As you can see from the assembly, the program now checks for this value, and it's a switch. How can you tell? Well, it's easy. Compilers usually output first the default branch, in assembly here, comparing bytes, is the JA opcode (jump if above). What about the values?

The jump values are stored in an array, for instance here we have 5 values, case 0 .. case default (== 5), so we will have an array in pseudo-C uint32_t switchD_100072b3[5] = { 0x..., 0x..., 0x..., 0x..., 0x...};, so all the computer has to do is JMP dword ptr [value + ->switchD_100072b3].

Header Buffer

The routine that reads the header gives us precious memory addresses, and more. Before you ask, what is that "input_file"? It's the first parameter of this Win32 function, it contains the global state of the OCX, which handles just one file at time. Easy to verify by opening a new file.

The address 0x11f02 is obviously the buffer, so the function will read 640 bytes in that address. Funny number, it reminds me the famous 640 KB of RAM limiting MS-DOS without HIMEM.SYS or EMM386.SYS (later an EXE).


Now things get interesting. We have several checks that are relative to the buffer, since the address checked is always 0x11f02 + offset. Let's see what they are checking.

At offset 0x11f6c we have a comparison with 0xc, in decimal is 12. It's a month! So buffer[106] is a month (0x11f6c - 0x11f02 = 106), and so is buffer[129], and then it follows quite easily that the adjacent bytes are dates. Two dates are present in the viewer, the patient's birth date and the exam's date: this is a confirmation. By checking the dates it's easy to see which is which, moreover, the exam date is followed by the time.

The VWR format uses a single byte for everything, and the year is stored as year - 1900. This should not surprise you at all, it was common practice back in the DOS days. The whole Y2K problem, however, was really overblown and wasn't that problematic at all.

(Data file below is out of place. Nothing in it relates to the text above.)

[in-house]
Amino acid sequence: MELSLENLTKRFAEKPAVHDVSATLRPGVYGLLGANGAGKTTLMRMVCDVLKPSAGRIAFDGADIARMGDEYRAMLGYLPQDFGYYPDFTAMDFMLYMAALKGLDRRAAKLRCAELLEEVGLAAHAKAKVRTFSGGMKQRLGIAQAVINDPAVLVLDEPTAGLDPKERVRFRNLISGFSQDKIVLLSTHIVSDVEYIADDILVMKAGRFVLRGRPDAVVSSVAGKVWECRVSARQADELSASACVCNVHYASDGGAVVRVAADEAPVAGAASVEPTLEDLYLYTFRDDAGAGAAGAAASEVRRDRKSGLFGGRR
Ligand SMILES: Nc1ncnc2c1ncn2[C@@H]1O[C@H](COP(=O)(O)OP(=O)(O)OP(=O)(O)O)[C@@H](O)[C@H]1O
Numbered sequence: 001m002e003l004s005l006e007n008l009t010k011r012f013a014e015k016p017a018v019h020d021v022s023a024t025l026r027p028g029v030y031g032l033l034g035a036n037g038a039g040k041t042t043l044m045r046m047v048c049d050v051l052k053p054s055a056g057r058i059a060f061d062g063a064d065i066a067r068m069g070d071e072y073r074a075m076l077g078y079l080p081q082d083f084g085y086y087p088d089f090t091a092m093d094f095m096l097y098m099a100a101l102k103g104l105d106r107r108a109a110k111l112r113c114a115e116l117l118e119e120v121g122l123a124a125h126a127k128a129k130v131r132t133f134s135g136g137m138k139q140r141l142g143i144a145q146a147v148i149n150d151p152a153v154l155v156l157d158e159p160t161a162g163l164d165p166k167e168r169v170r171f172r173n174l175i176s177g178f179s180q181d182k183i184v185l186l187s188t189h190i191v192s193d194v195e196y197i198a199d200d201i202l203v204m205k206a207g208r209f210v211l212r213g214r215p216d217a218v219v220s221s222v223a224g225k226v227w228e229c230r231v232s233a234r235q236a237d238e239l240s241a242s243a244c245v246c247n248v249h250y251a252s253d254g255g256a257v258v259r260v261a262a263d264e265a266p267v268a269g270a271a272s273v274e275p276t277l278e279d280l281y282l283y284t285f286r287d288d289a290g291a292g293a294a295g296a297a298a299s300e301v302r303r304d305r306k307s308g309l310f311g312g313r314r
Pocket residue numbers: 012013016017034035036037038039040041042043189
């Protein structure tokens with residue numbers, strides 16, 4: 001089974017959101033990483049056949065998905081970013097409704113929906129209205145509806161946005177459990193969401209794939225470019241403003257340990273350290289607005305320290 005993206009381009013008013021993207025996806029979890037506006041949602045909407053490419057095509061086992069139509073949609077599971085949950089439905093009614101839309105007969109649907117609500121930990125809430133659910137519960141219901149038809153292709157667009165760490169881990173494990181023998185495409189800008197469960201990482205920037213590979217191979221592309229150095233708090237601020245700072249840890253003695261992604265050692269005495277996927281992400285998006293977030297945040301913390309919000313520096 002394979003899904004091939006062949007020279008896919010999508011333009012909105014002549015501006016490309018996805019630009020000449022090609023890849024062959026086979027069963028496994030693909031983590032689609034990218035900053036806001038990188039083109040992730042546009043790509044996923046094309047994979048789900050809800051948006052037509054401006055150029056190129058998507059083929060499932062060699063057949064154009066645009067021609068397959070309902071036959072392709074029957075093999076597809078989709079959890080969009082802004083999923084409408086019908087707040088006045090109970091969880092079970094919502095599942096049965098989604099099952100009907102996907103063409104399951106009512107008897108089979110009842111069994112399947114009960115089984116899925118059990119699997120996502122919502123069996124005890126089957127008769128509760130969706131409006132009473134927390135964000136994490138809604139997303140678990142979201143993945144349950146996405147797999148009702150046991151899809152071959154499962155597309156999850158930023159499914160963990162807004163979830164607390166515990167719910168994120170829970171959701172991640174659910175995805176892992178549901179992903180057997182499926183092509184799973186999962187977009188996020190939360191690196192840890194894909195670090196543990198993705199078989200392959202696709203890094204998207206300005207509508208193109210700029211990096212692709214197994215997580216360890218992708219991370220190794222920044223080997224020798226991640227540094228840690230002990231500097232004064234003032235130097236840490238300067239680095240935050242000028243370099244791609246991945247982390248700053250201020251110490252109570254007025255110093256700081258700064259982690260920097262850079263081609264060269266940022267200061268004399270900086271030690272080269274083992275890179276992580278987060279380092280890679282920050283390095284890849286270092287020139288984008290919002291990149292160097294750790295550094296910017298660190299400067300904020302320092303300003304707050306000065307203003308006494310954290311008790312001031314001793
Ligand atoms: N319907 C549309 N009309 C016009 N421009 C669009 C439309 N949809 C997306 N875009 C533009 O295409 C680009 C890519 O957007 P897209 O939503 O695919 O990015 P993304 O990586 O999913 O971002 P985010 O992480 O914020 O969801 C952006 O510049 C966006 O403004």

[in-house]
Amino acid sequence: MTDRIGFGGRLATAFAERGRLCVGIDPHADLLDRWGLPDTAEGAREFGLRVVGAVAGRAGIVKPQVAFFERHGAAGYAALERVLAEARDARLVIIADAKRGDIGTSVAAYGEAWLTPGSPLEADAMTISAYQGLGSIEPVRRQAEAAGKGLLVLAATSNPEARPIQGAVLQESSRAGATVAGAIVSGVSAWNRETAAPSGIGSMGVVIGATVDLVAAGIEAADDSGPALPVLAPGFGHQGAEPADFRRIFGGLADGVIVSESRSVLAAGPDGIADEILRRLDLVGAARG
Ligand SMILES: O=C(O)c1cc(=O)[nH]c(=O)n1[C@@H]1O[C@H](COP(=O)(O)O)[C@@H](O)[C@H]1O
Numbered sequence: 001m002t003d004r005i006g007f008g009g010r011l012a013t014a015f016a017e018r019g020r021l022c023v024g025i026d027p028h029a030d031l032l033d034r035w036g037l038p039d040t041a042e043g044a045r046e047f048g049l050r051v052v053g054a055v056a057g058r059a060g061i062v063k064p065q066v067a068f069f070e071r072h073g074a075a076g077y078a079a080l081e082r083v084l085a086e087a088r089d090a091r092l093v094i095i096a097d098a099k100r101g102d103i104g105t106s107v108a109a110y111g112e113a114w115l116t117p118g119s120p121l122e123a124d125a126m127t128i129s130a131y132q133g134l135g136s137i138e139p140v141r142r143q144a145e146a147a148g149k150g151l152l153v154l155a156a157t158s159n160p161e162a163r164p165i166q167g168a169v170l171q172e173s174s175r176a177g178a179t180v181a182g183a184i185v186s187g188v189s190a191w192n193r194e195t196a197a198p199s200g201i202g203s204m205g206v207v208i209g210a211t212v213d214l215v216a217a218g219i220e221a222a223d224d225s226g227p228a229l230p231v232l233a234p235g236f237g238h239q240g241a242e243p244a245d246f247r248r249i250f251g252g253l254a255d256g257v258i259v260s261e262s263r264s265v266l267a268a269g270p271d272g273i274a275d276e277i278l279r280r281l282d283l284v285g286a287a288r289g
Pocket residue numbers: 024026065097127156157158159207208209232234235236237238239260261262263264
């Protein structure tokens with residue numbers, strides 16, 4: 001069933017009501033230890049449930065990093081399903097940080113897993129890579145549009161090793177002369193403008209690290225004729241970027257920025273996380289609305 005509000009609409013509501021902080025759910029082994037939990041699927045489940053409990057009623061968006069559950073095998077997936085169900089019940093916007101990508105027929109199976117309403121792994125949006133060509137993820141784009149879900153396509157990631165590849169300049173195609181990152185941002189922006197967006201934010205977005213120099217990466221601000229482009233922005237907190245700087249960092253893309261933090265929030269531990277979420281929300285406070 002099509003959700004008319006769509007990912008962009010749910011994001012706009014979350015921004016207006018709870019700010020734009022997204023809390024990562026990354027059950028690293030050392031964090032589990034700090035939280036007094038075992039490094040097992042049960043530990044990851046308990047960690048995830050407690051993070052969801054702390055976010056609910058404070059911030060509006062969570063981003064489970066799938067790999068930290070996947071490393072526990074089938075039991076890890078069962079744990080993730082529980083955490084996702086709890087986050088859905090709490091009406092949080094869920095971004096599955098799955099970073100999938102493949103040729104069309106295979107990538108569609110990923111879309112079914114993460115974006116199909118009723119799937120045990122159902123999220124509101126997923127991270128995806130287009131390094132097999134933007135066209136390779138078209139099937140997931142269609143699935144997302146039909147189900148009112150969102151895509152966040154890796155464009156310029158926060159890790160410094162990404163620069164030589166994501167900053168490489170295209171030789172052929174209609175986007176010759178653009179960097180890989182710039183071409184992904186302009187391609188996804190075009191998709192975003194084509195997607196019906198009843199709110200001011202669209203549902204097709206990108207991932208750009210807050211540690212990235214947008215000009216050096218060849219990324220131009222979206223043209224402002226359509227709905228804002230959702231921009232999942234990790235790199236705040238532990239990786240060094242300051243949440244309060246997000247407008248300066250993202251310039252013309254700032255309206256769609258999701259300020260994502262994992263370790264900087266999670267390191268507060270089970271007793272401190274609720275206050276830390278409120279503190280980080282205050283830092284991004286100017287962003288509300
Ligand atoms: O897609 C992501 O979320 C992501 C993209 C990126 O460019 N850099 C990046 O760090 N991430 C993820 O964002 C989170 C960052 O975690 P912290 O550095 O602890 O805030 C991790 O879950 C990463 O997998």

Moving on with the code, we see now that we're reading now the sections, ORDER, LABCOD, and so on.

The order of fseek/fread along with the offsets show us that the binary VWR stores the section information as:

uint8_t name[8];
uint32_t offset;
uint32_t size;

Data Offset

After reading the file size by fseek/ftell, the routine will check two things. Here we focus on one, the other, a funnier one, is directly below.

We can see the IDIV, the integer division opcode, used with the file_size. This indicates that we're looking for something inside the file. As I will confirm by looking at the painting routines, we're here checking the signal data offset.

We have now that the operation seen here computes file_size - buffer[138] = data size in bytes, so at that offset in the file we have the signals.

Rudimentary Checksum

The second check done in this routine is something very cute. As you can see in the picture after zeroing the ret variable (via XOR), the function will load bytes from the buffer.

When checking where in the file it reads, we know that VWR contains a rudimentary checksum for the file: the buffer[160] contains the checksum, computed as patient_surname[0] + patient_surname[1] + patient_surname[2] + patient_name[0] + patient_name[1] + patient_name[3] + patient_birth_day + patient_birth_month + patient_birth_year.

It would have been preferable to use, at that time, the CRC32 checksum, employed by all compressors like PKZIP (first release in 1989), the father of the ZIP file format (by Phil Zatz, hence the "PK").

Unit Conversion